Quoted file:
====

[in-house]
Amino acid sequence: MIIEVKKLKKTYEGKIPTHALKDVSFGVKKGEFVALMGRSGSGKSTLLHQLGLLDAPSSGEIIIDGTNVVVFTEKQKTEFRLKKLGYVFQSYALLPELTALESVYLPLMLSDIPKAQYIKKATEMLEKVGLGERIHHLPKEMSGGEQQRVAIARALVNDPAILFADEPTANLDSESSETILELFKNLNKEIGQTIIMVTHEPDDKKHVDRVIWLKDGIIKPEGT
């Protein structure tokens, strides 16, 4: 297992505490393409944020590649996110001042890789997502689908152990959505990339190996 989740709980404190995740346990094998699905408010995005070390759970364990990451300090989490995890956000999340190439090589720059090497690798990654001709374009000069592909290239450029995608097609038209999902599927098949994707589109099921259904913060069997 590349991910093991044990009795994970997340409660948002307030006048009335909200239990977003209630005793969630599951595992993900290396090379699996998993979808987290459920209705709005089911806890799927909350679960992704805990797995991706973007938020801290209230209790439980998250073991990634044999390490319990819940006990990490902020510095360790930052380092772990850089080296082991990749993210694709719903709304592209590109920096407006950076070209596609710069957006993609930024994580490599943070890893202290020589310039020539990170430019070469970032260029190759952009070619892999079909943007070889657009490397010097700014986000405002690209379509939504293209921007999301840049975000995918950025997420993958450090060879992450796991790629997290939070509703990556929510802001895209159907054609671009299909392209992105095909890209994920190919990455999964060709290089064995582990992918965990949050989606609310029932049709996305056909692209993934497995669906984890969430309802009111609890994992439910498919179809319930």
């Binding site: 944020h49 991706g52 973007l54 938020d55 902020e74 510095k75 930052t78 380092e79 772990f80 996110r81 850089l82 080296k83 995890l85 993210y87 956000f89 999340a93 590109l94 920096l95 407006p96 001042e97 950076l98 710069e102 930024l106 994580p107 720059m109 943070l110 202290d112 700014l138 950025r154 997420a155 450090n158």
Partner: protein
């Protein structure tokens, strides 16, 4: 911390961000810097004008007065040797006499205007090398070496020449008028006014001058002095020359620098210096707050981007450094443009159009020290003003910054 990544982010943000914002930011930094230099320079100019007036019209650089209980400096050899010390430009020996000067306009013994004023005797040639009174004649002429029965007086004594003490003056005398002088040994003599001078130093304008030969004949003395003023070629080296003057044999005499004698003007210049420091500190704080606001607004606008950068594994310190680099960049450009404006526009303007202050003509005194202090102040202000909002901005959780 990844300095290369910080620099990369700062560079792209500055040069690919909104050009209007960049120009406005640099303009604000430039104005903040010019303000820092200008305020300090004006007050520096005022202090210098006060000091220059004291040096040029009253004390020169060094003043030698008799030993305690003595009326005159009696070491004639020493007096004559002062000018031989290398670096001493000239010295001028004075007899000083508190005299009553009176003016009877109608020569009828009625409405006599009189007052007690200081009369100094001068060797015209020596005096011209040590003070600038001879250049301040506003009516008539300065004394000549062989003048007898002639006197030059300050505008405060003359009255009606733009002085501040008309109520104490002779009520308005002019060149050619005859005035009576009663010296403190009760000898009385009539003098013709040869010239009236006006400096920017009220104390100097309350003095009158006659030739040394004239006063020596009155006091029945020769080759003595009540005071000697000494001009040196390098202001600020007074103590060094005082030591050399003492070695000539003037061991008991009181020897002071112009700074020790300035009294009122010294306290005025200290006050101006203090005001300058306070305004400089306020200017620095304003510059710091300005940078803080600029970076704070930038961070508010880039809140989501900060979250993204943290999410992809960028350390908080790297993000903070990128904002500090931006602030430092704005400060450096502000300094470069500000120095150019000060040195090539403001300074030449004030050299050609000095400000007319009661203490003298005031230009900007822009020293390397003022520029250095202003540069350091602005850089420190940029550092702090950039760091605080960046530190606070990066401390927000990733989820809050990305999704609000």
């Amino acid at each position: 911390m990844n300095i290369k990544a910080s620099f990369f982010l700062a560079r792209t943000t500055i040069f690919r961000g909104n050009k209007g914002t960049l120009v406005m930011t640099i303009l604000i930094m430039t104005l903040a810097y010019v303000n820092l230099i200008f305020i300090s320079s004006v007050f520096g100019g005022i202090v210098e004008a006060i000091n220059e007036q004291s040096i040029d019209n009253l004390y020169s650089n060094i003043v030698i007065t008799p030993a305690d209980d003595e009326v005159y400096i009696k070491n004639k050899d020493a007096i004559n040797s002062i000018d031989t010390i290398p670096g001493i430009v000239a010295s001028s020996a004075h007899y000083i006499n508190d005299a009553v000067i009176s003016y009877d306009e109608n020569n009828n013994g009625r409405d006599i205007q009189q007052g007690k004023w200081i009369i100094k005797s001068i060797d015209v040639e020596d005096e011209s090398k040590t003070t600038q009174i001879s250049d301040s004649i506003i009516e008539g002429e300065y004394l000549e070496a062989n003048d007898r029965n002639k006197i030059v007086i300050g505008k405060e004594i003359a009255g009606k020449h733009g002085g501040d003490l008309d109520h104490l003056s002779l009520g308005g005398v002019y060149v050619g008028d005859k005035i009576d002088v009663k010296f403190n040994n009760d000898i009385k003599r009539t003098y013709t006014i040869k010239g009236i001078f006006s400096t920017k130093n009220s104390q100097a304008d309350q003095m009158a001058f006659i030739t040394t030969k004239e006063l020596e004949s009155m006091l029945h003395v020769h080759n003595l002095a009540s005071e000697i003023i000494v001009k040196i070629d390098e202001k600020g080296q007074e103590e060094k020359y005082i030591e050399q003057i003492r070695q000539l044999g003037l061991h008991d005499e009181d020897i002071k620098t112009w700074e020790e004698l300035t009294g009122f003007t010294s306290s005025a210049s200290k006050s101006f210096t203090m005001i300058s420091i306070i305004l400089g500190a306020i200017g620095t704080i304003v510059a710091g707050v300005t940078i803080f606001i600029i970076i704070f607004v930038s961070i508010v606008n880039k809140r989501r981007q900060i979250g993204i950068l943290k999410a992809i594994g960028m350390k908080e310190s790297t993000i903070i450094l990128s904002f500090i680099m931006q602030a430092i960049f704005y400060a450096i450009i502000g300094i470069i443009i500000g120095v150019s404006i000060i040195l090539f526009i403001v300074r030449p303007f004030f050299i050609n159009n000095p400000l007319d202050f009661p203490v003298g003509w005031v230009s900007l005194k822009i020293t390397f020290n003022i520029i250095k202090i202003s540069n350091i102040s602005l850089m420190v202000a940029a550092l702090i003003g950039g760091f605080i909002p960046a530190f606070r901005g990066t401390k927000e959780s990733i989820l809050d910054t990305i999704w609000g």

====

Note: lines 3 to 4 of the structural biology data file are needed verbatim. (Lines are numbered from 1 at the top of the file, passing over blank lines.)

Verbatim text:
């Protein structure tokens, strides 16, 4: 297992505490393409944020590649996110001042890789997502689908152990959505990339190996 989740709980404190995740346990094998699905408010995005070390759970364990990451300090989490995890956000999340190439090589720059090497690798990654001709374009000069592909290239450029995608097609038209999902599927098949994707589109099921259904913060069997 590349991910093991044990009795994970997340409660948002307030006048009335909200239990977003209630005793969630599951595992993900290396090379699996998993979808987290459920209705709005089911806890799927909350679960992704805990797995991706973007938020801290209230209790439980998250073991990634044999390490319990819940006990990490902020510095360790930052380092772990850089080296082991990749993210694709719903709304592209590109920096407006950076070209596609710069957006993609930024994580490599943070890893202290020589310039020539990170430019070469970032260029190759952009070619892999079909943007070889657009490397010097700014986000405002690209379509939504293209921007999301840049975000995918950025997420993958450090060879992450796991790629997290939070509703990556929510802001895209159907054609671009299909392209992105095909890209994920190919990455999964060709290089064995582990992918965990949050989606609310029932049709996305056909692209993934497995669906984890969430309802009111609890994992439910498919179809319930």
């Binding site: 944020h49 991706g52 973007l54 938020d55 902020e74 510095k75 930052t78 380092e79 772990f80 996110r81 850089l82 080296k83 995890l85 993210y87 956000f89 999340a93 590109l94 920096l95 407006p96 001042e97 950076l98 710069e102 930024l106 994580p107 720059m109 943070l110 202290d112 700014l138 950025r154 997420a155 450090n158």